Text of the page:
Eating Disorders: The Secret Struggle

The other day, as I was organizing hair ties, clips, and accessories into a color coordinated box, I was struck by the idea that I am a girl mom. Evelyn, Tonya, and Renee (six years old, three years old, and ten months old respectively) have entangled my world with curly hair, nail polish, and shoes for every occasion. As I sat arranging this box, the haunting statistics of eating disorders invaded my thoughts. The statistics say that 50-70% of women struggle with some form of an eating disorder. That’s at least two of my daughters.

Would it be my perfectionist people-pleaser and fashionista, Evelyn, perhaps to engage in social eating only to purge later? Perhaps my controlling and oppositional Tonya would grasp for a handle in an uncontrollable world and use anorexia to manage her already chaotic body. Maybe it would be Renee, this rainbow baby still in my arms whose personality is only beginning to blossom. The statistics say at least two of them, not even considering my son. A recent newspaper article by Sophia Bernett from the East Anglican Daily Times said that this addiction was growing and the initial struggle was decreasing to as young as seven years old. What am I going to do?

In a panic to do something, I asked a friend about their own experience with peers in this regard. She said “Eating disorders were never talked about when I was in school [25 years ago], but looking back I can see that nearly everyone I knew struggled with eating and what they looked like.” She went on to describe the difficulty of knowing more precisely because things like this just aren’t talked about. Private battle, or secret sins, whatever the given name, are best kept in the shadows. Mim Udovitch, in his article, “A Secret Society of the Starving,” first published in The New York Times in 2002 said, “Women with eating disorders really thrive in a lot of ways on being very disconnected.” The secretive nature of this struggle reminds me to be honest with my girls, and ensure the emphasis of our relationship is deeply personal.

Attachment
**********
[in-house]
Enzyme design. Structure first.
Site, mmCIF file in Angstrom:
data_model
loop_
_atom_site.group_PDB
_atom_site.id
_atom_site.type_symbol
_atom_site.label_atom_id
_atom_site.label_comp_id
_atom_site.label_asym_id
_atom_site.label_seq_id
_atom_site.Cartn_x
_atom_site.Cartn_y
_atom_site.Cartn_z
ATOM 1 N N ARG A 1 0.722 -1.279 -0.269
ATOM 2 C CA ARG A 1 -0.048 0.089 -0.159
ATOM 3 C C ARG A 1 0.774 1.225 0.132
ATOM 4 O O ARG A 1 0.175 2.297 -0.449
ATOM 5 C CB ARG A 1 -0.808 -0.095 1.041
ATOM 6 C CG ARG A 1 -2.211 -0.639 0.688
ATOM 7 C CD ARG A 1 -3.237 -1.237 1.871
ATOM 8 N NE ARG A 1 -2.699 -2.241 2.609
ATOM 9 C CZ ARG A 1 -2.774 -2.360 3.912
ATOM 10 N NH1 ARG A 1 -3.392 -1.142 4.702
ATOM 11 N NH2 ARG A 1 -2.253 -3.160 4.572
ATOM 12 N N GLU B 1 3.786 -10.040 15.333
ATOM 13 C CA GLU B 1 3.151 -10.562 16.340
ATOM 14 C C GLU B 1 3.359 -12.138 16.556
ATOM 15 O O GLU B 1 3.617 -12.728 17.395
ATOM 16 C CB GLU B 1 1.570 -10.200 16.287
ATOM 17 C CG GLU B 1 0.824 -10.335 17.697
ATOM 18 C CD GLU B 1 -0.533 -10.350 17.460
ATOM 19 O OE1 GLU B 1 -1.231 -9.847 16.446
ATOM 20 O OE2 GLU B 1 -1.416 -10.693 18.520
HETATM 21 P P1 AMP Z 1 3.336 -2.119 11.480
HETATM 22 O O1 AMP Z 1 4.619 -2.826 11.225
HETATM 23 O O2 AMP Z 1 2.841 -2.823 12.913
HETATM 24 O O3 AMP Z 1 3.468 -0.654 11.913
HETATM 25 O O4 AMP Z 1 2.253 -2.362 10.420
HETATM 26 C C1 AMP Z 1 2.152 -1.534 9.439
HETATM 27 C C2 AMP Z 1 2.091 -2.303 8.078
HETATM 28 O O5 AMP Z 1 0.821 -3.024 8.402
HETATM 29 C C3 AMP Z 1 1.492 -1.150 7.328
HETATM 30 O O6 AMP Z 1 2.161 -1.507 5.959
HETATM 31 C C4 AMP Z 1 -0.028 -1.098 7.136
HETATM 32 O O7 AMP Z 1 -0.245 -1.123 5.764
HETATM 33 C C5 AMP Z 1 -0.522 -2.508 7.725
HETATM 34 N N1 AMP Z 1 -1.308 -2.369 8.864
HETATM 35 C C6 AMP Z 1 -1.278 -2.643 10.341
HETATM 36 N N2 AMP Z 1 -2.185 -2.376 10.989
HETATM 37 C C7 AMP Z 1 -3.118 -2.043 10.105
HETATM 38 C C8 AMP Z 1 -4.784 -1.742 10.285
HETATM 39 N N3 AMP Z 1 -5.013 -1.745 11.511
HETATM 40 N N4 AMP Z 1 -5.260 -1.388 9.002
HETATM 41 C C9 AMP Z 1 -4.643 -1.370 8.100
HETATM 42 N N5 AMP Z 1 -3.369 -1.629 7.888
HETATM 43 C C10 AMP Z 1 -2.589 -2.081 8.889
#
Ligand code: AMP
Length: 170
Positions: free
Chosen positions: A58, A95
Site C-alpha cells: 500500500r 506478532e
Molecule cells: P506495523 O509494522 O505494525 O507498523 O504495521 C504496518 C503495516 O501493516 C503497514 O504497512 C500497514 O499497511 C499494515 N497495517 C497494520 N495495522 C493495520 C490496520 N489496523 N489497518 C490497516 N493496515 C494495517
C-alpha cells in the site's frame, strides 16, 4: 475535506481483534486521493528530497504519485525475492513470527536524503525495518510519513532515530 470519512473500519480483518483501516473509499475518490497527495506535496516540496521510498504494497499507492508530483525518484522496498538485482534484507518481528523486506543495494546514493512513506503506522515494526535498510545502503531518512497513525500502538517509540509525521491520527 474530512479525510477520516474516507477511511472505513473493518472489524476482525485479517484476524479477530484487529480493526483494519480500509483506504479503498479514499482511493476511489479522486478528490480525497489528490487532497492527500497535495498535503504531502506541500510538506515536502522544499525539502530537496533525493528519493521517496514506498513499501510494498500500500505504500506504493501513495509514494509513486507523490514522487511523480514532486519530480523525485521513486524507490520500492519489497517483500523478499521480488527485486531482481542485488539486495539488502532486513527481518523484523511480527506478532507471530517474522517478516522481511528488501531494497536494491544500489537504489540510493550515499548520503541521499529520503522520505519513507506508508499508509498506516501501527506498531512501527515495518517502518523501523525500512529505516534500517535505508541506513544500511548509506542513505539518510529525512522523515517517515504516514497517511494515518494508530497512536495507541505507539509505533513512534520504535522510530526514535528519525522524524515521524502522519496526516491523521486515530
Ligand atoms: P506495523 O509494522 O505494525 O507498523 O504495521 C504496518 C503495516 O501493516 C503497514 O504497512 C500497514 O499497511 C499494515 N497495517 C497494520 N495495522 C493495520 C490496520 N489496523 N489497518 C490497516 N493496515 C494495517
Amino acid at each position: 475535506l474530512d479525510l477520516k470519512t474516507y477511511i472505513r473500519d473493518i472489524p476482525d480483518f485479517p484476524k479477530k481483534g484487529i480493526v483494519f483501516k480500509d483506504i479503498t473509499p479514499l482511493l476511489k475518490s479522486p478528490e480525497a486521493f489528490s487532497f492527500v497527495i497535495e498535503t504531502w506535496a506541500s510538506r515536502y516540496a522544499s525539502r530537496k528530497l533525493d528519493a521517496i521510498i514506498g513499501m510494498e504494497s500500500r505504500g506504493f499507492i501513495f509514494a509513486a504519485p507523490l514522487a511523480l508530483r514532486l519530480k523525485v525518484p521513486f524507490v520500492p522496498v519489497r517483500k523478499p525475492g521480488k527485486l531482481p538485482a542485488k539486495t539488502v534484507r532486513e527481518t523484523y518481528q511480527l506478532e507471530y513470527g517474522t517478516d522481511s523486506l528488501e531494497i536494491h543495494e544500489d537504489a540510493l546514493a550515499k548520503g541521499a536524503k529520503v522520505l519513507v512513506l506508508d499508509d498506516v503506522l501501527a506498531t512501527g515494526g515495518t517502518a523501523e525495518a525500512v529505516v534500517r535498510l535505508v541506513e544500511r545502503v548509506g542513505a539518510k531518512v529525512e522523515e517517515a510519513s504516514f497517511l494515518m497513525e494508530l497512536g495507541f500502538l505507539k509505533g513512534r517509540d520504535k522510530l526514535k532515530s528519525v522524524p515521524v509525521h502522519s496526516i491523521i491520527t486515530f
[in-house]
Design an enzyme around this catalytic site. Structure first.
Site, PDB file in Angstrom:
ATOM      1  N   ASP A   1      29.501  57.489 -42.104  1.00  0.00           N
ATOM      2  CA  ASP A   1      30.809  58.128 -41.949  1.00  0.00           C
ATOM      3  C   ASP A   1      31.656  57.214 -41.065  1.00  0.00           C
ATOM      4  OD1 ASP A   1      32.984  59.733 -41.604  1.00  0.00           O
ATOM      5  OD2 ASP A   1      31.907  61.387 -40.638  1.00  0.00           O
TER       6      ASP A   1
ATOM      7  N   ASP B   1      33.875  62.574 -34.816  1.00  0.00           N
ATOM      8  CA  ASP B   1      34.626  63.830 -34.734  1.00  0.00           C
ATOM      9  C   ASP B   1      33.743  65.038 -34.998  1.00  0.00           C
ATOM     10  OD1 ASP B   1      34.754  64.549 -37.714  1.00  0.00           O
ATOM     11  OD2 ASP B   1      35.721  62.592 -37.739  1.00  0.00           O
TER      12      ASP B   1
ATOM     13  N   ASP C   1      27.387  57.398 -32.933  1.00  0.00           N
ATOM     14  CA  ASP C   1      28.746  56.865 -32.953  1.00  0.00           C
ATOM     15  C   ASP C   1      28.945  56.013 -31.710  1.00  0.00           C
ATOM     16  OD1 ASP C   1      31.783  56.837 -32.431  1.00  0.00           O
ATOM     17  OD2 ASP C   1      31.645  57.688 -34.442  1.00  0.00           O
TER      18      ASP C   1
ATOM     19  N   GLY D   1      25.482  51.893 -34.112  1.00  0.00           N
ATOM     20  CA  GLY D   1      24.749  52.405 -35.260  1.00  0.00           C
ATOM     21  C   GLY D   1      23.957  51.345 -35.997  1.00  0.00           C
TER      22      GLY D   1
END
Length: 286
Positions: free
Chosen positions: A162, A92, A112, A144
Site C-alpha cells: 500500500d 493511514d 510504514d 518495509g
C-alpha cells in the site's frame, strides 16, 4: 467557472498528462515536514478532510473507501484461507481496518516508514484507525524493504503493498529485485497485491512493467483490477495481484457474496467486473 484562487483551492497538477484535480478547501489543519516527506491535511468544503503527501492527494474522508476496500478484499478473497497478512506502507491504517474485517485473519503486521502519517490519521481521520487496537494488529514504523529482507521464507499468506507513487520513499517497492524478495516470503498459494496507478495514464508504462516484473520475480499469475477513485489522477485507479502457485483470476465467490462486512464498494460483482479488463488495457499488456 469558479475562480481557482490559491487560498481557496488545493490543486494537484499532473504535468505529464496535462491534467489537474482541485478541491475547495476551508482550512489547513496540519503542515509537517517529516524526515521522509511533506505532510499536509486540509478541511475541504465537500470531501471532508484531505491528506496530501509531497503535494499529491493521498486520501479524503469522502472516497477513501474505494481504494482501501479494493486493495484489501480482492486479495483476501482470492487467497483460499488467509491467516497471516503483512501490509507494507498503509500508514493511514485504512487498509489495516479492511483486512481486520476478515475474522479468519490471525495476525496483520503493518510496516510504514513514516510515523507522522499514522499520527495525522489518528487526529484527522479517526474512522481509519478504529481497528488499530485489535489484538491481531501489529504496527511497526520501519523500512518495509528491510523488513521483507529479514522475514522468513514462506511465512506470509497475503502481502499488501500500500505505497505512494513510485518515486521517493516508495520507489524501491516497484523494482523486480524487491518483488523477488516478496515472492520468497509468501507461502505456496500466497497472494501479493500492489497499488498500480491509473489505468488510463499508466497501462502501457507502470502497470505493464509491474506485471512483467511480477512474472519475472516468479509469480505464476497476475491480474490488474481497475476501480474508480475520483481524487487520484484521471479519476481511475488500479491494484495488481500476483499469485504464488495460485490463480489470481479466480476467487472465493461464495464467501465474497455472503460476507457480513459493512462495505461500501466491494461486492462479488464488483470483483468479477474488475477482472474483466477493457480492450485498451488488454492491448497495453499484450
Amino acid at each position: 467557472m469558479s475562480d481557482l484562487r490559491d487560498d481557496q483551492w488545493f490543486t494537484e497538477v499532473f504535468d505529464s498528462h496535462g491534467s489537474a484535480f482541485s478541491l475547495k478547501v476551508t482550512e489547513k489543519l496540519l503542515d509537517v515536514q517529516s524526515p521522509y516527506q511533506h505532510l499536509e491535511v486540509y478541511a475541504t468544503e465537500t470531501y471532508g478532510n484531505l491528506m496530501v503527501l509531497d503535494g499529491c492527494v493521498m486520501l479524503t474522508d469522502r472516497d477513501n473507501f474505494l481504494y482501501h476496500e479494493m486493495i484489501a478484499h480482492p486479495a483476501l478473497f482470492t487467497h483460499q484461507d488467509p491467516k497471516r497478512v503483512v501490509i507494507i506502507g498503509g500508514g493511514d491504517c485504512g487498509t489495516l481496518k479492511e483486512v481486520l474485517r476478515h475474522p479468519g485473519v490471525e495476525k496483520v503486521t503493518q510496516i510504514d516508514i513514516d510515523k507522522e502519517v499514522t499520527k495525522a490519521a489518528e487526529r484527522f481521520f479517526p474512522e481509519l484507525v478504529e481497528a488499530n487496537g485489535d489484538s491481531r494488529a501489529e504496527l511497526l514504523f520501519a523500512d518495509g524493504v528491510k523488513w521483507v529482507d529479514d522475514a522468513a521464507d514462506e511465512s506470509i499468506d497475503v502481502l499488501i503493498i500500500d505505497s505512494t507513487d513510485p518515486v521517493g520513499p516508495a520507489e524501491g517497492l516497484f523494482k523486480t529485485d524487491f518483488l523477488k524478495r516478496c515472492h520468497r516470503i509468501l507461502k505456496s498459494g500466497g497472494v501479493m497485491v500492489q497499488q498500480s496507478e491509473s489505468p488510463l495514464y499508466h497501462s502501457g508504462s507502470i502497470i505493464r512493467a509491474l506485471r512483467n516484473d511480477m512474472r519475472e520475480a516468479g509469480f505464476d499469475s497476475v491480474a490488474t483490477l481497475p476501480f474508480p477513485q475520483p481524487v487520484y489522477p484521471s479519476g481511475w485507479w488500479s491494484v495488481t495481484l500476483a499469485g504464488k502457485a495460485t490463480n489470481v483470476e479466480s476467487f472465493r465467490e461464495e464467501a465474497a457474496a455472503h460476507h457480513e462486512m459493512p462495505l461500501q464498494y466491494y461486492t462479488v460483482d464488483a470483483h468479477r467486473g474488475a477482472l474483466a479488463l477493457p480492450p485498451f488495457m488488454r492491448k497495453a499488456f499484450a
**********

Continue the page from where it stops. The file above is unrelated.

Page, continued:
As I consider my own years of battling weight loss and body image issues, I don’t feel I ever struggled with an eating disorder or self-harm any more than most. However, with those I have walked along side, the destruction of eating disorders has never started out with that intention. A few pounds to lose turned into more. Innocent comparisons of beauty have become a gateway to extremes. But being “fearfully and wonderfully made” (Psalm 139:4) has more to do with the Creator than the creation. I am reminded to be careful of my attention to my own physical appearance as my girls see their reflection beside me in the mirror.

The cultic nature of eating disorders has once again brought light to the human heart’s propensity to worship. Like the people of Israel using the plundered Egyptian gold the Lord had given them to make the golden calf (Exodus 32), it should come as no surprise that we would take the bounty that God has given us and distort it so as to foster empty worship. By their very nature, eating disorders bend the knee to food instead of the Lord Jesus Himself. I will instruct my girls, by my life and my words, of the wondrous grace of our God that reflexively elicits our highest worship.

How will I combat the lie that my girls will be tempted to believe, whether it be regarding eating disorders, or an alternative form of addiction, anger, or shame? I will give them a script for their battle, and I will use this script in my own battles in front of them: “Jesus, help.” “Jesus, I need you.” “Jesus, thank you.”